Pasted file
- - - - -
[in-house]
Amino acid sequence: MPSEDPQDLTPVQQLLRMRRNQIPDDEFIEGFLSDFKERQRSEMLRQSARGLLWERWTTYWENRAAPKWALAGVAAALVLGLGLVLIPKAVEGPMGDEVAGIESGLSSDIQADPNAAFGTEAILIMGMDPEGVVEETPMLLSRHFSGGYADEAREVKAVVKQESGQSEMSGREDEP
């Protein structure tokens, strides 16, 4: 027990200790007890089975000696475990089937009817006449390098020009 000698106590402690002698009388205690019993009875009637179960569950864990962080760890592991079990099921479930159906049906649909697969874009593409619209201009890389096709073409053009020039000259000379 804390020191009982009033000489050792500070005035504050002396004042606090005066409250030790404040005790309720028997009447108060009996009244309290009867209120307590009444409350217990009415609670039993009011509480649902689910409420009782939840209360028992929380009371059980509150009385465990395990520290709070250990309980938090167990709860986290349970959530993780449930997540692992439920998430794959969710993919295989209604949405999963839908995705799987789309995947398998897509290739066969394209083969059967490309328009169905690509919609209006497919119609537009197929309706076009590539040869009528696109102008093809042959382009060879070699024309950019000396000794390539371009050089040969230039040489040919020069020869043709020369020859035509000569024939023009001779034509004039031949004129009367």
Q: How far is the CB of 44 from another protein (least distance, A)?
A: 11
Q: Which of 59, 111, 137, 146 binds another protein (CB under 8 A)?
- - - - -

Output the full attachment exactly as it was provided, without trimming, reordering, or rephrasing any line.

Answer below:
[in-house]
Amino acid sequence: MPSEDPQDLTPVQQLLRMRRNQIPDDEFIEGFLSDFKERQRSEMLRQSARGLLWERWTTYWENRAAPKWALAGVAAALVLGLGLVLIPKAVEGPMGDEVAGIESGLSSDIQADPNAAFGTEAILIMGMDPEGVVEETPMLLSRHFSGGYADEAREVKAVVKQESGQSEMSGREDEP
């Protein structure tokens, strides 16, 4: 027990200790007890089975000696475990089937009817006449390098020009 000698106590402690002698009388205690019993009875009637179960569950864990962080760890592991079990099921479930159906049906649909697969874009593409619209201009890389096709073409053009020039000259000379 804390020191009982009033000489050792500070005035504050002396004042606090005066409250030790404040005790309720028997009447108060009996009244309290009867209120307590009444409350217990009415609670039993009011509480649902689910409420009782939840209360028992929380009371059980509150009385465990395990520290709070250990309980938090167990709860986290349970959530993780449930997540692992439920998430794959969710993919295989209604949405999963839908995705799987789309995947398998897509290739066969394209083969059967490309328009169905690509919609209006497919119609537009197929309706076009590539040869009528696109102008093809042959382009060879070699024309950019000396000794390539371009050089040969230039040489040919020069020869043709020369020859035509000569024939023009001779034509004039031949004129009367």
Q: How far is the CB of 44 from another protein (least distance, A)?
A: 11
Q: Which of 59, 111, 137, 146 binds another protein (CB under 8 A)?